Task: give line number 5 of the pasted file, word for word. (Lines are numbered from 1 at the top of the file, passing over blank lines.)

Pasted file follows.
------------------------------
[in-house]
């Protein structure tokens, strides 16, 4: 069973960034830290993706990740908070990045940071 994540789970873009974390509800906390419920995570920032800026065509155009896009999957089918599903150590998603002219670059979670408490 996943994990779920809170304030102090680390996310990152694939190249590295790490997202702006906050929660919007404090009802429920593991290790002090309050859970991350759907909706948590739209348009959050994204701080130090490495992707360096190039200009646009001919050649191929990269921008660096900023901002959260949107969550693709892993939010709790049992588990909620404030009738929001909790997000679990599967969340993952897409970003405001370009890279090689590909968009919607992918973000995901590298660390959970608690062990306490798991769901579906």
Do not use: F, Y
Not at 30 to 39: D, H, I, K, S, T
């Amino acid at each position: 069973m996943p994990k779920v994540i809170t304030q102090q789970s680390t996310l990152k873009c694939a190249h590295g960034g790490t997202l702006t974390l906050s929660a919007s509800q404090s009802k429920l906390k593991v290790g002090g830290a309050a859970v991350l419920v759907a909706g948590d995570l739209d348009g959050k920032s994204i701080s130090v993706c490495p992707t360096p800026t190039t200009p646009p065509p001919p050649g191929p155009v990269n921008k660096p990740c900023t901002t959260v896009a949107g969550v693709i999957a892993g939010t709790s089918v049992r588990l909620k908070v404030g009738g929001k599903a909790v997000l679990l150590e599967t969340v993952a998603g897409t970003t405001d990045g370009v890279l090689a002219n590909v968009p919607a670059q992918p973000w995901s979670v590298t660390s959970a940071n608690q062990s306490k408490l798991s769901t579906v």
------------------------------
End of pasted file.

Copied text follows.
């Amino acid at each position: 069973m996943p994990k779920v994540i809170t304030q102090q789970s680390t996310l990152k873009c694939a190249h590295g960034g790490t997202l702006t974390l906050s929660a919007s509800q404090s009802k429920l906390k593991v290790g002090g830290a309050a859970v991350l419920v759907a909706g948590d995570l739209d348009g959050k920032s994204i701080s130090v993706c490495p992707t360096p800026t190039t200009p646009p065509p001919p050649g191929p155009v990269n921008k660096p990740c900023t901002t959260v896009a949107g969550v693709i999957a892993g939010t709790s089918v049992r588990l909620k908070v404030g009738g929001k599903a909790v997000l679990l150590e599967t969340v993952a998603g897409t970003t405001d990045g370009v890279l090689a002219n590909v968009p919607a670059q992918p973000w995901s979670v590298t660390s959970a940071n608690q062990s306490k408490l798991s769901t579906v």